Judith Ann, not stoned on Blarney, ponders some Irish art
Tis the time of year when those with no drop of Irish, pretend they are, though why that is, I have yet to discover.
Me? I lay claim to paternal great grandparents who fled potatoes and their blight, in 1849, to wit: Bridget Moriarty and John Moriarty. They rode the bounding main in a ship bound for our shores. Neither could read nor write. I found their papers buried deep in the files in the Muscatine, Iowa, Court House.
Somewhere down the line, John filed for divorce (and asked for alimony!), claiming Bridget lifted her skirts to one Henry Stoneburner, a neighboring farmer who found the Iowa winters lacking in comfort. John wandered away, say those who recall the saga, perhaps to return to Ireland and the Inch Bridge area where he was born. Let it here be said that my ancestor, Maurice Moriarty, chased the Earl of Desmond, a Fitzgerald who stole my ancestor’s cow and despoiled the wife, into the Slieve Mish mountains and cut off his head. It was later displayed on a pole somewhere in England.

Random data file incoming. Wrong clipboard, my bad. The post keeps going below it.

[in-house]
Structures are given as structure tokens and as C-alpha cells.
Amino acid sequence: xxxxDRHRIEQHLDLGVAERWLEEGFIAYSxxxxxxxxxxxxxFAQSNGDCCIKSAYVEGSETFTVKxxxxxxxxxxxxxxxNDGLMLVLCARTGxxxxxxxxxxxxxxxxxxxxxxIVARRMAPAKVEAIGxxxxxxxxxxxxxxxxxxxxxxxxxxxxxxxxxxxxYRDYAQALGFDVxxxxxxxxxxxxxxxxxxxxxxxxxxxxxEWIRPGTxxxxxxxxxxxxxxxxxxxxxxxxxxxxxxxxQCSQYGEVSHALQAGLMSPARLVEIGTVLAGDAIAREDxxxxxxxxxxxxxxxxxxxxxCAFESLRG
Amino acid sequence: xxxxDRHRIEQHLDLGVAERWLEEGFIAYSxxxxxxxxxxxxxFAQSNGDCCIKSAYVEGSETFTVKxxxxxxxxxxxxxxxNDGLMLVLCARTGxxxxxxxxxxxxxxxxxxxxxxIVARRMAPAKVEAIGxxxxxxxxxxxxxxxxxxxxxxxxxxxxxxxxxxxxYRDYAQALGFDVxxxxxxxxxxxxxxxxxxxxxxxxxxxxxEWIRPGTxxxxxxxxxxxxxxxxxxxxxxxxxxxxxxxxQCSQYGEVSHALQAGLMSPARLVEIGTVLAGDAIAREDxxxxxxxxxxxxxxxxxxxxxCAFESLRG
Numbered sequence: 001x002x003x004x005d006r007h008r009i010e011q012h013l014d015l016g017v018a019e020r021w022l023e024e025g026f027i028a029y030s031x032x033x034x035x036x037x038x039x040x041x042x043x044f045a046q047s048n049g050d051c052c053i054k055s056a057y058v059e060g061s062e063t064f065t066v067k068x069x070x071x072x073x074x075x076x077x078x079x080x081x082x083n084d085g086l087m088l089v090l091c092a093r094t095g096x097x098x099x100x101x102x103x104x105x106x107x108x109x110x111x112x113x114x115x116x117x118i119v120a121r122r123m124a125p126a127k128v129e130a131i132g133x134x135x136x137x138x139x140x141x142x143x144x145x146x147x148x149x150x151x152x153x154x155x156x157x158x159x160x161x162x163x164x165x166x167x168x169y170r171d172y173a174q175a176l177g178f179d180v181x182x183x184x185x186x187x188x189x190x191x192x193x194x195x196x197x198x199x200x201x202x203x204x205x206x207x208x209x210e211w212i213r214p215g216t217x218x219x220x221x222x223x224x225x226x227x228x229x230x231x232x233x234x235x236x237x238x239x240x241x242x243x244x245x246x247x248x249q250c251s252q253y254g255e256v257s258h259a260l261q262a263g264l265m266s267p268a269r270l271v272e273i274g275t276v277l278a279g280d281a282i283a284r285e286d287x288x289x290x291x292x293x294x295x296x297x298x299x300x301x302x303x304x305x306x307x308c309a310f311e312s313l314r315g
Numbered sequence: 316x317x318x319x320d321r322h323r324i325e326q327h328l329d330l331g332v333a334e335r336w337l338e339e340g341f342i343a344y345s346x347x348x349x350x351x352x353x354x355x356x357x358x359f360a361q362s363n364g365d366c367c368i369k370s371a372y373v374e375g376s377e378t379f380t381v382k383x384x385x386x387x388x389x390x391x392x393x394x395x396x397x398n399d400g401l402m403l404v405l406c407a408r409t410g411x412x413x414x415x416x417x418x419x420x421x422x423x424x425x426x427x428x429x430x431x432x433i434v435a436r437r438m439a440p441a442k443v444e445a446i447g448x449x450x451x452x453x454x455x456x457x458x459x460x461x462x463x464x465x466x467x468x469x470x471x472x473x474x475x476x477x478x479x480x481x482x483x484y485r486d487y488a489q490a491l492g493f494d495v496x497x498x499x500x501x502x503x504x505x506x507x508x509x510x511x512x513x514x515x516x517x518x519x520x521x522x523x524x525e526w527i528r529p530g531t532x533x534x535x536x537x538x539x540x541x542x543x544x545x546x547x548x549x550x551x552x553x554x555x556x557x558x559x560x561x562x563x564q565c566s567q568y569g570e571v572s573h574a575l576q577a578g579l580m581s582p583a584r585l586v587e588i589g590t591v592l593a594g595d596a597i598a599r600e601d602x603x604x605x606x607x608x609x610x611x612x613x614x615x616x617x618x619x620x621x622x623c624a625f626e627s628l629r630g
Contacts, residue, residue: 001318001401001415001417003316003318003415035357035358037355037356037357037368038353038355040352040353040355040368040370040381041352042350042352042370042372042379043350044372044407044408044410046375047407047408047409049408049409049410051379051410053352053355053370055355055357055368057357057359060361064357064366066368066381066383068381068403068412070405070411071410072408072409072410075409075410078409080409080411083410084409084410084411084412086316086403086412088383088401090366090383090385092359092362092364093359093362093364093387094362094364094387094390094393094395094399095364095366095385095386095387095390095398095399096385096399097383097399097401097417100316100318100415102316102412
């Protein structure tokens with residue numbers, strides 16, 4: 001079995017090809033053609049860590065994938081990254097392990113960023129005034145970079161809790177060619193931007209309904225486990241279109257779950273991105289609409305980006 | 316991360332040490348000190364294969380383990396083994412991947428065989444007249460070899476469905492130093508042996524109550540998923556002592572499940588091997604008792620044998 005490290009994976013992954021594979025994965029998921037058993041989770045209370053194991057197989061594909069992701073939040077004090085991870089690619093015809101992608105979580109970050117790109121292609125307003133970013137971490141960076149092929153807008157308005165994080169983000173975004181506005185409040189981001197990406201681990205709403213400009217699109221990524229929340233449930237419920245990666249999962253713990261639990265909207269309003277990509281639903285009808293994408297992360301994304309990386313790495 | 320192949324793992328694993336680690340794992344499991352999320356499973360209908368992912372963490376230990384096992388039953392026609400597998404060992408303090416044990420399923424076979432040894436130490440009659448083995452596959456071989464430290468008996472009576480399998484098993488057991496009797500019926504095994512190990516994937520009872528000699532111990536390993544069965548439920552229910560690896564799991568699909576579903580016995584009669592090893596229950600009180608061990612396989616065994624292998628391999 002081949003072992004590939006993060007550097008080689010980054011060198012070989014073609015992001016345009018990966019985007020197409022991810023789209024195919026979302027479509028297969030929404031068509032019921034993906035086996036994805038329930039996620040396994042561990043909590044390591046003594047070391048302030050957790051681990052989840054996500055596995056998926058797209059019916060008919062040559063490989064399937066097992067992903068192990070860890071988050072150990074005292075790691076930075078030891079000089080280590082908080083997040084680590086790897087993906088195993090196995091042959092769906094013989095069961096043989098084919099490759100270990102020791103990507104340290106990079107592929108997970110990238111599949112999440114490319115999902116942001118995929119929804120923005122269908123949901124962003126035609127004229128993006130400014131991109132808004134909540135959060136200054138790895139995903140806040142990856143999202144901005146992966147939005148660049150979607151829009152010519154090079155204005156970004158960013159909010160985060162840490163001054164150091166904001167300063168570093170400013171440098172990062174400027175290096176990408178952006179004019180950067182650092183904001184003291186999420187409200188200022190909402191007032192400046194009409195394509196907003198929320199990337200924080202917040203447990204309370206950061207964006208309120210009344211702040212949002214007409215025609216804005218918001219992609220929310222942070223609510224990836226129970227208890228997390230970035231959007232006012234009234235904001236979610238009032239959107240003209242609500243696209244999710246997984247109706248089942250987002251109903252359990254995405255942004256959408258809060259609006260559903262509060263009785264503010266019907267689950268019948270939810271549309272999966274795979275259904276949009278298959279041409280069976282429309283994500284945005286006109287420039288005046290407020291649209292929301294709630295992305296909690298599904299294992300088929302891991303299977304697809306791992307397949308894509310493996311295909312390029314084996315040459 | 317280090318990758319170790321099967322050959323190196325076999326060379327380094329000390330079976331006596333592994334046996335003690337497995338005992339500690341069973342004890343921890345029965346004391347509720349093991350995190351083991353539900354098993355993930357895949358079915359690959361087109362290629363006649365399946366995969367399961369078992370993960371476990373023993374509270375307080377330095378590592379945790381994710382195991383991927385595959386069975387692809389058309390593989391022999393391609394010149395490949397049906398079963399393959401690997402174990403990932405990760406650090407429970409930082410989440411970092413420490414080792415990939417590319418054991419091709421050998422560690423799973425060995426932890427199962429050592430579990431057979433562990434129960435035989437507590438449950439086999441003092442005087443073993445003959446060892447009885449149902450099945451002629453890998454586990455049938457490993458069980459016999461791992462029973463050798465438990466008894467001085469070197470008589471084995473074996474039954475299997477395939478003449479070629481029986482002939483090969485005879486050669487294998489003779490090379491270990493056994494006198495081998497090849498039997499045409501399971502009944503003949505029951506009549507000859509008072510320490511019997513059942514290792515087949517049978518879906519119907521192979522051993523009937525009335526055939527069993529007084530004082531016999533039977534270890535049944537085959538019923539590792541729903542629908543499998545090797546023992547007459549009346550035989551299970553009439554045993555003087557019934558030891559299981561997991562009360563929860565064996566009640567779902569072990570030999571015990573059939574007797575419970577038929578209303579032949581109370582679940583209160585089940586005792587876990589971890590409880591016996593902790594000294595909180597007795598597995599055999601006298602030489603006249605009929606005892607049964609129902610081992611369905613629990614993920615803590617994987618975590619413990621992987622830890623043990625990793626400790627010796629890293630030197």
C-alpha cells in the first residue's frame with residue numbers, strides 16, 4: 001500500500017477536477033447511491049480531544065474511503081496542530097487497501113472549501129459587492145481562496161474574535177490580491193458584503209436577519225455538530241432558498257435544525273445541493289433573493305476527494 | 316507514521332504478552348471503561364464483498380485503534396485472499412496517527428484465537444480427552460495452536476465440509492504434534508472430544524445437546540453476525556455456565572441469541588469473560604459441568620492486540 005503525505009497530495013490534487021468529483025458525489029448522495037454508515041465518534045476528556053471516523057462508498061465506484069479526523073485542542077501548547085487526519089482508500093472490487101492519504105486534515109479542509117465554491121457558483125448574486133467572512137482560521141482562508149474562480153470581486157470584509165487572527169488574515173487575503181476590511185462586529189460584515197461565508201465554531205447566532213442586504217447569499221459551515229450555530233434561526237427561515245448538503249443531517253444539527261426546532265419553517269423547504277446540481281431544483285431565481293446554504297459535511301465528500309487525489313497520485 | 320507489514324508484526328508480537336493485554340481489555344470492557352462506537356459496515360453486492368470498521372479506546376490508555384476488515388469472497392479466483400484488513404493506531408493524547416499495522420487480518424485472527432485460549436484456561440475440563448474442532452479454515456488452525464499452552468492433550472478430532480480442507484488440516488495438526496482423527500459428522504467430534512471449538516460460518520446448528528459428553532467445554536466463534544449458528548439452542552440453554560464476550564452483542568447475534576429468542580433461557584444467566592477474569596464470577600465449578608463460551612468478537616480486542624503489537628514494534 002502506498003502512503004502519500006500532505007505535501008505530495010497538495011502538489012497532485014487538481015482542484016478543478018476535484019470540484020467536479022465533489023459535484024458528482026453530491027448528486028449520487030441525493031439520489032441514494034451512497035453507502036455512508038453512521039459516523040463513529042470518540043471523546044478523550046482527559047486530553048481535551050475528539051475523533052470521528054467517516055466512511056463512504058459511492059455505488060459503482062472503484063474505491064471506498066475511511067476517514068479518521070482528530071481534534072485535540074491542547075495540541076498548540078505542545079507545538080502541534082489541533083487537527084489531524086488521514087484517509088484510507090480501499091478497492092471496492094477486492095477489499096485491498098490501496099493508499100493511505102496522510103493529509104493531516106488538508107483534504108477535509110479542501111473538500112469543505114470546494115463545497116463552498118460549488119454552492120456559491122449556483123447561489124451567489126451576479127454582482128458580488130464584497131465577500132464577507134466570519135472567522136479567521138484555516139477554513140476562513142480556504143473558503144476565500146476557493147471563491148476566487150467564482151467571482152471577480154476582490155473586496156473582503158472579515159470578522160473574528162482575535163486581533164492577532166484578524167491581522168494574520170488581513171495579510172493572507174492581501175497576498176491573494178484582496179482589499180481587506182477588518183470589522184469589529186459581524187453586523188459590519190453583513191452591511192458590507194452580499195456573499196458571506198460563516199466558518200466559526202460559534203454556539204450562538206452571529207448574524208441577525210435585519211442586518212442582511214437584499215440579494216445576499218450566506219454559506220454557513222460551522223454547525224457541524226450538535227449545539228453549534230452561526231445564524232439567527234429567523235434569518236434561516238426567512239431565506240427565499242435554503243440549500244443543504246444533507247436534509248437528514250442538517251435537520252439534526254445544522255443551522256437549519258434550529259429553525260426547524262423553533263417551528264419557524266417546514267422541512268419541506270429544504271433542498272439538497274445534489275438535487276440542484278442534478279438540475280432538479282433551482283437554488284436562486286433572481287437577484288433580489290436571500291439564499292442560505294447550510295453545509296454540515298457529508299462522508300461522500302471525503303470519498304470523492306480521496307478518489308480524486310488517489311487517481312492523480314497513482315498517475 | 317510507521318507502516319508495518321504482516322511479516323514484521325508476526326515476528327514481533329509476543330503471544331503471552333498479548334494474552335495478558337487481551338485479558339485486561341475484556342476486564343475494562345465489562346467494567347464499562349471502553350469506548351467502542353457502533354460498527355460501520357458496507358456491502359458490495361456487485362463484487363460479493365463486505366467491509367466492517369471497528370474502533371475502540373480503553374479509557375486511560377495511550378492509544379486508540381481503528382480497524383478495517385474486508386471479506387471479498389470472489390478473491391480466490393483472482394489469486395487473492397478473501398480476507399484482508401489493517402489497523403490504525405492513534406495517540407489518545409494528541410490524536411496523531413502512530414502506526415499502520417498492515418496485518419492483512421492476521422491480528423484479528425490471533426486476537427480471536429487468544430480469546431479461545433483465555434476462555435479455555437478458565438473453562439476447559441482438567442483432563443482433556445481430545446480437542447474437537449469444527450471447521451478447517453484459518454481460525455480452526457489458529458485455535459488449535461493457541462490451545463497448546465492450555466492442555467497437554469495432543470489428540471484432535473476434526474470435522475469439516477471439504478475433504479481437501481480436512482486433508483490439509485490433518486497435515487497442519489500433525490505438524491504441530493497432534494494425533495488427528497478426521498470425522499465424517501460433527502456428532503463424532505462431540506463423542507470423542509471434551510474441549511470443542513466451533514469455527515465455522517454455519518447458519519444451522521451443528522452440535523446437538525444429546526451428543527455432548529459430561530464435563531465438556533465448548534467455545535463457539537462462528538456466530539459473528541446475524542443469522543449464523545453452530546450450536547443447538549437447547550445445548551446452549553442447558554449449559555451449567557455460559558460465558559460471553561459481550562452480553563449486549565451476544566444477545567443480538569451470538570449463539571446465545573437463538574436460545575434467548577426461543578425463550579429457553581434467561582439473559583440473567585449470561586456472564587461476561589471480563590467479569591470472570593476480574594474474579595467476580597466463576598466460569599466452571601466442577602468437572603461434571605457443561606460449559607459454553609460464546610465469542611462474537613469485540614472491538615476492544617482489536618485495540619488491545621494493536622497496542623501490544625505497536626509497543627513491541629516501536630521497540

Which is why I am a Democrat, though I declined to vote for John Fitzgerald Kennedy.
Well, so goes the story and I’m not kidding. Never will you find me dressed in green on March 17, nor will I lift a mug of green stuff to my lips. I don’t believe in little green men or pots ‘o gold. I’ve never kissed the Blarney Stone.
This isn’t to say I am not attracted to the glorious paintings of one James Dixon who lived on Tory Island and taught himself to paint what he witnessed on that wind and water blasted lump near the Emerald Isle. His work is currently in the Accidental Genius exhibition at the Milwaukee Art Museum. I’ll drink to that and to the sharp eye of collector Anthony Petullo. Dixon departed earth in the 70’s, but not before he produced The Sinking Of The Titanic, in 1966, and a year earlier, the superb Cottages Covered With Spume. I venture to say that Cottages likely sums up his life on Tory Island, where he was born in 1887. The Titanic was born in the shipyards of Belfast.
It isn’t true that the Irish are natural storytellers, and methinks this myth is a ploy to keep tourists spending money on booze when they visit Ireland’s taverns. That said, Dixon is a genuine storyteller and in the lower corners of a few of his paintings, he includes snippets of information, just in case you missed his painterly point.